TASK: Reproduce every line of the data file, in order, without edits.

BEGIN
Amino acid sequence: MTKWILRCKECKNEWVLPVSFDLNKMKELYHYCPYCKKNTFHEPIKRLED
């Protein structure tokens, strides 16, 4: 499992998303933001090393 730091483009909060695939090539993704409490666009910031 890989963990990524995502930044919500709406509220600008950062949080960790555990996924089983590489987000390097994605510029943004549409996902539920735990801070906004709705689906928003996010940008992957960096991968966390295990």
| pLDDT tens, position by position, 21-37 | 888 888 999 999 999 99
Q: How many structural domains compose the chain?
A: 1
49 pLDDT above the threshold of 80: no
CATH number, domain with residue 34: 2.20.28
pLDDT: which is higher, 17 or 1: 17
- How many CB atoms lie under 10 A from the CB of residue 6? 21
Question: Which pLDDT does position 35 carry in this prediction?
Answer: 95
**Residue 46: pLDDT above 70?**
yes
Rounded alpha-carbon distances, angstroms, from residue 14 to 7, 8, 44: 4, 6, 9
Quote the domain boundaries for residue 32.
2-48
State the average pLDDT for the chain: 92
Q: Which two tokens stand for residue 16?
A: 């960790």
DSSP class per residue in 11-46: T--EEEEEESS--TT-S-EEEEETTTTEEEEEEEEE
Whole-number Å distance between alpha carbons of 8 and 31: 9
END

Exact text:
Amino acid sequence: MTKWILRCKECKNEWVLPVSFDLNKMKELYHYCPYCKKNTFHEPIKRLED
């Protein structure tokens, strides 16, 4: 499992998303933001090393 730091483009909060695939090539993704409490666009910031 890989963990990524995502930044919500709406509220600008950062949080960790555990996924089983590489987000390097994605510029943004549409996902539920735990801070906004709705689906928003996010940008992957960096991968966390295990």
| pLDDT tens, position by position, 21-37 | 888 888 999 999 999 99
Q: How many structural domains compose the chain?
A: 1
49 pLDDT above the threshold of 80: no
CATH number, domain with residue 34: 2.20.28
pLDDT: which is higher, 17 or 1: 17
- How many CB atoms lie under 10 A from the CB of residue 6? 21
Question: Which pLDDT does position 35 carry in this prediction?
Answer: 95
**Residue 46: pLDDT above 70?**
yes
Rounded alpha-carbon distances, angstroms, from residue 14 to 7, 8, 44: 4, 6, 9
Quote the domain boundaries for residue 32.
2-48
State the average pLDDT for the chain: 92
Q: Which two tokens stand for residue 16?
A: 């960790």
DSSP class per residue in 11-46: T--EEEEEESS--TT-S-EEEEETTTTEEEEEEEEE
Whole-number Å distance between alpha carbons of 8 and 31: 9